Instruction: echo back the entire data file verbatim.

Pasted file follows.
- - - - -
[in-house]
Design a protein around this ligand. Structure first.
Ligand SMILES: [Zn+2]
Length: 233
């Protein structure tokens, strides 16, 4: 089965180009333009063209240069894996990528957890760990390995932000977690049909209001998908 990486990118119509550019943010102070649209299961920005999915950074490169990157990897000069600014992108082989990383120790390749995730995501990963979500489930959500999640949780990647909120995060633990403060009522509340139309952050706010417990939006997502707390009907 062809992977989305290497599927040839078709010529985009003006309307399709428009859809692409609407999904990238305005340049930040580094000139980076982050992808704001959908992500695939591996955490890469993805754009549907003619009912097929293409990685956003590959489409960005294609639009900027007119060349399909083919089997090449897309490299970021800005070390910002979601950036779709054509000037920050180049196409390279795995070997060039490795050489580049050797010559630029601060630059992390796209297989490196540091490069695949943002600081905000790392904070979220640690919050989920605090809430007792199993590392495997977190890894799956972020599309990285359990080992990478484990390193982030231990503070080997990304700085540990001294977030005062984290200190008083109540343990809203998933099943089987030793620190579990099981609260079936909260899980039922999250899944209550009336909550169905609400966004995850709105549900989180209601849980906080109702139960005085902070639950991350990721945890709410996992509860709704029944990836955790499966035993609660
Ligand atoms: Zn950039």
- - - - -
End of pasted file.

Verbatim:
[in-house]
Design a protein around this ligand. Structure first.
Ligand SMILES: [Zn+2]
Length: 233
């Protein structure tokens, strides 16, 4: 089965180009333009063209240069894996990528957890760990390995932000977690049909209001998908 990486990118119509550019943010102070649209299961920005999915950074490169990157990897000069600014992108082989990383120790390749995730995501990963979500489930959500999640949780990647909120995060633990403060009522509340139309952050706010417990939006997502707390009907 062809992977989305290497599927040839078709010529985009003006309307399709428009859809692409609407999904990238305005340049930040580094000139980076982050992808704001959908992500695939591996955490890469993805754009549907003619009912097929293409990685956003590959489409960005294609639009900027007119060349399909083919089997090449897309490299970021800005070390910002979601950036779709054509000037920050180049196409390279795995070997060039490795050489580049050797010559630029601060630059992390796209297989490196540091490069695949943002600081905000790392904070979220640690919050989920605090809430007792199993590392495997977190890894799956972020599309990285359990080992990478484990390193982030231990503070080997990304700085540990001294977030005062984290200190008083109540343990809203998933099943089987030793620190579990099981609260079936909260899980039922999250899944209550009336909550169905609400966004995850709105549900989180209601849980906080109702139960005085902070639950991350990721945890709410996992509860709704029944990836955790499966035993609660
Ligand atoms: Zn950039």